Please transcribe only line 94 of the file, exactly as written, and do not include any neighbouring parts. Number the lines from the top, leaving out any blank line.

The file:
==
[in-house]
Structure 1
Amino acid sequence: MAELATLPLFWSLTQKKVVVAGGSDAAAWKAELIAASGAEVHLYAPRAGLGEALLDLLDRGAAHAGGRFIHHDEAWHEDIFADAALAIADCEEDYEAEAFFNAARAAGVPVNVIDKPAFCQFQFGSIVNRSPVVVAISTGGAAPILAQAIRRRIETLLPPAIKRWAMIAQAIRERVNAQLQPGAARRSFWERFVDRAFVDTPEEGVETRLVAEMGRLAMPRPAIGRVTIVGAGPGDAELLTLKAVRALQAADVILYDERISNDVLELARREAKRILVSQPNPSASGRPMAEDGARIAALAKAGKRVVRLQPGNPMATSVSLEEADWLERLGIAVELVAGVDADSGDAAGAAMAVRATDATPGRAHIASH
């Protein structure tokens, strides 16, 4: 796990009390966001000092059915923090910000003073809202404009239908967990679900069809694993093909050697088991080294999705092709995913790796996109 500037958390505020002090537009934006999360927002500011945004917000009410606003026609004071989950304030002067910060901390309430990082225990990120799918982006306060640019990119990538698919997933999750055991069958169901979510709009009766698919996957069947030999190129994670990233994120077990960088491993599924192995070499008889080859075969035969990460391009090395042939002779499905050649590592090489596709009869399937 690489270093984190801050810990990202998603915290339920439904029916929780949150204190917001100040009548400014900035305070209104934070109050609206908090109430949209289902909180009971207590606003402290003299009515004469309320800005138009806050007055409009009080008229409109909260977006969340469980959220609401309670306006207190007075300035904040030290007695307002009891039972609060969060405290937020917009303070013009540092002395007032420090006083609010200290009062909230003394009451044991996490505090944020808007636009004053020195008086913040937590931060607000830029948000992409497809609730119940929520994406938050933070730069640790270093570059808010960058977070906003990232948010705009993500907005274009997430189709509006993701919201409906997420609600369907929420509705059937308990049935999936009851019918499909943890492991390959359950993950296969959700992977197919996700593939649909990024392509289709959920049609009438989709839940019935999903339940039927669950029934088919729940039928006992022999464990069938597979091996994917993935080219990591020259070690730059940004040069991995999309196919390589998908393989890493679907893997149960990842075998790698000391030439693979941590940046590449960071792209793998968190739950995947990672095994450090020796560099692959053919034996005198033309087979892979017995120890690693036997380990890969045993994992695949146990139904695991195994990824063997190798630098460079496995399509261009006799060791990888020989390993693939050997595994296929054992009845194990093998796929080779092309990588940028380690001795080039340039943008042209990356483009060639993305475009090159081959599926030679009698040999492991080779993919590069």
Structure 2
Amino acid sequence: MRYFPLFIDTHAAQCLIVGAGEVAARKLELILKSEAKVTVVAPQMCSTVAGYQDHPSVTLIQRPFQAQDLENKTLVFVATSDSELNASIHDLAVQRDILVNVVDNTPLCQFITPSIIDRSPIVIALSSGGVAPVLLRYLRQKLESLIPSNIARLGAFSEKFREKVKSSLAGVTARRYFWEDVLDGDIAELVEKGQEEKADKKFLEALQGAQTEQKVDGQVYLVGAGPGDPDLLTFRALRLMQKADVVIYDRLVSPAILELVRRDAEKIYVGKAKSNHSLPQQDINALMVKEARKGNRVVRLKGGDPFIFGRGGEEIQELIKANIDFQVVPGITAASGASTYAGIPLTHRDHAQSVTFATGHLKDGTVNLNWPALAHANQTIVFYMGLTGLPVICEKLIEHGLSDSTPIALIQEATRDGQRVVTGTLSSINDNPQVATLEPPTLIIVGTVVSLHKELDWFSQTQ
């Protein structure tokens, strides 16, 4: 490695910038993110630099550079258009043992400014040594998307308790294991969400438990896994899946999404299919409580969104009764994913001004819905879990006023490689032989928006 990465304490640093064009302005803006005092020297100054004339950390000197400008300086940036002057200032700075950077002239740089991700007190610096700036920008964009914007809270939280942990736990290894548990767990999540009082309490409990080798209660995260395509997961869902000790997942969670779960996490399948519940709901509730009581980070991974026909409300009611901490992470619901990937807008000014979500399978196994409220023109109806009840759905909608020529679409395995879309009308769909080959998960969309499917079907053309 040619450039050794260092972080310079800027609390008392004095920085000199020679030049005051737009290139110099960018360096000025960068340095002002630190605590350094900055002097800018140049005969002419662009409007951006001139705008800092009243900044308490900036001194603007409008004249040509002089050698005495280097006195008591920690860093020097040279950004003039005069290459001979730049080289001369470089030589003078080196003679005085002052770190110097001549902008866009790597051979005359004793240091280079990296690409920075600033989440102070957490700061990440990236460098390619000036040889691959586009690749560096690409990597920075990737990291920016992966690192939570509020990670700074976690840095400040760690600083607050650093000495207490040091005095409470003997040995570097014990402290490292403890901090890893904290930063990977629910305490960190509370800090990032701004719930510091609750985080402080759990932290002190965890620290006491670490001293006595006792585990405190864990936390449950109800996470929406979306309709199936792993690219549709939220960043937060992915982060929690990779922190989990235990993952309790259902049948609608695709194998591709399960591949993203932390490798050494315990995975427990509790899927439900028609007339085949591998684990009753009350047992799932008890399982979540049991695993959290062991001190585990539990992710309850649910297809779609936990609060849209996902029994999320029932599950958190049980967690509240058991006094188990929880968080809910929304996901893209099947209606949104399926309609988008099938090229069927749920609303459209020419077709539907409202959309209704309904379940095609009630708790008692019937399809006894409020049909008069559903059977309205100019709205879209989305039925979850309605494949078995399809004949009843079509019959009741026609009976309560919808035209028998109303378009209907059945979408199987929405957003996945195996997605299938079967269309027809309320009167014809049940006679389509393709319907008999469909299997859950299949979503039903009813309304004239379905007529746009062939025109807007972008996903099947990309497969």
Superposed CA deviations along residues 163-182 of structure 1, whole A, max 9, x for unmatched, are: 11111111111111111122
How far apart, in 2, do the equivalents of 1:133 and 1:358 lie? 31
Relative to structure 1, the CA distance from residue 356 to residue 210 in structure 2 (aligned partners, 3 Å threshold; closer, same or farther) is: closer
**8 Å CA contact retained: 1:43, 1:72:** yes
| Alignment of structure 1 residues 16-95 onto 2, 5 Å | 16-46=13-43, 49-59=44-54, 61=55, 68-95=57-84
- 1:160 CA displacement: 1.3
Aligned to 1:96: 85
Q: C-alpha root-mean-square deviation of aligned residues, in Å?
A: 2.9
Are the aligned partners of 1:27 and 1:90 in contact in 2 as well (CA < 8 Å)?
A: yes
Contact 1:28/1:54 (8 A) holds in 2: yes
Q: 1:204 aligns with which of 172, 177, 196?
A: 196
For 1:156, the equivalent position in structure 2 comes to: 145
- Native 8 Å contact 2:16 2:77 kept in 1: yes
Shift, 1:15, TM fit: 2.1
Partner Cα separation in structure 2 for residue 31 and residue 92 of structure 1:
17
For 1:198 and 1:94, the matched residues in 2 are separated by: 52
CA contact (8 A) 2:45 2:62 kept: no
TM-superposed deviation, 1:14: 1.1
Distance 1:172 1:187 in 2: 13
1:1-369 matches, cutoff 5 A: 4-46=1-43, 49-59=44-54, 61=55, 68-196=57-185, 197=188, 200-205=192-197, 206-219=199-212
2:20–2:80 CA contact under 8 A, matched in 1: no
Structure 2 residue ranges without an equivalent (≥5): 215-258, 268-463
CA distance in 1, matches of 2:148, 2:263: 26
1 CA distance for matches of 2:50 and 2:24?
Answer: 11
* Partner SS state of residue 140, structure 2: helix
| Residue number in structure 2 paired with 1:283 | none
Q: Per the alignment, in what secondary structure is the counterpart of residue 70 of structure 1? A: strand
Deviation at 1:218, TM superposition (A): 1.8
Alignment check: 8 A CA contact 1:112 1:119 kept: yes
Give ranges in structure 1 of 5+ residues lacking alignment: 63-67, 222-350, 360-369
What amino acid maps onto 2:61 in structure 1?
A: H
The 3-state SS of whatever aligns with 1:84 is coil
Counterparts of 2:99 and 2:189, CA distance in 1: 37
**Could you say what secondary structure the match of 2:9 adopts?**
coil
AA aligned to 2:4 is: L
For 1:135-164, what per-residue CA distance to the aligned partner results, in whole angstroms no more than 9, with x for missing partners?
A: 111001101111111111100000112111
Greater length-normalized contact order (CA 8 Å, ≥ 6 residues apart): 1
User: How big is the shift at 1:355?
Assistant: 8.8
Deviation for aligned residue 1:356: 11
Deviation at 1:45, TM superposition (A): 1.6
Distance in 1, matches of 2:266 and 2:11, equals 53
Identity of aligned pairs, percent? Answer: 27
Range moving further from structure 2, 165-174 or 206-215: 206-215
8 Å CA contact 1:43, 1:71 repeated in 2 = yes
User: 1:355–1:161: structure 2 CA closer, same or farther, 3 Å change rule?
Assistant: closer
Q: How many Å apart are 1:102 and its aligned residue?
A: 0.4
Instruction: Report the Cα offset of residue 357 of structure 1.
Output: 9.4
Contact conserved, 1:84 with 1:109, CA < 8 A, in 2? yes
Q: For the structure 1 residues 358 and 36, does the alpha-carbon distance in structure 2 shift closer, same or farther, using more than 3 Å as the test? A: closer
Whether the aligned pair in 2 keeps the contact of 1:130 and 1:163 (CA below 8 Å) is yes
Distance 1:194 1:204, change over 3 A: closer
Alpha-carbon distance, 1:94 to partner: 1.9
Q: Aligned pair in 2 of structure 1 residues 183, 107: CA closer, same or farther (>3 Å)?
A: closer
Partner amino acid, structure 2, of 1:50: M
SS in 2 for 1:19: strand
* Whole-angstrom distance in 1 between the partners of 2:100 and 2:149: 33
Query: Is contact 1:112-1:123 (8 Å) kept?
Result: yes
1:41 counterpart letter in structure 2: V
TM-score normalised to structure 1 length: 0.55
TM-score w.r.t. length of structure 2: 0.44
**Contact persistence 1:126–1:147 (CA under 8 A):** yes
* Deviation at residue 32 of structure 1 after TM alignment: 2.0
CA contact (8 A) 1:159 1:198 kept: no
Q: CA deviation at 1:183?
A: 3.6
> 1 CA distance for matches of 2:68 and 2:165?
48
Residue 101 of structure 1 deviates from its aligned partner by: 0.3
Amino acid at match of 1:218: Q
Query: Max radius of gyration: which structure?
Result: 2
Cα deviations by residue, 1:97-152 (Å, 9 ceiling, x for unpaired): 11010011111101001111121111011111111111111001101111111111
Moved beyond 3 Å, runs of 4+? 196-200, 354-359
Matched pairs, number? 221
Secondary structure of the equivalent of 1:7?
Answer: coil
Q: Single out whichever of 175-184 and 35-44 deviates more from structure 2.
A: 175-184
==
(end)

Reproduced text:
Moved beyond 3 Å, runs of 4+? 196-200, 354-359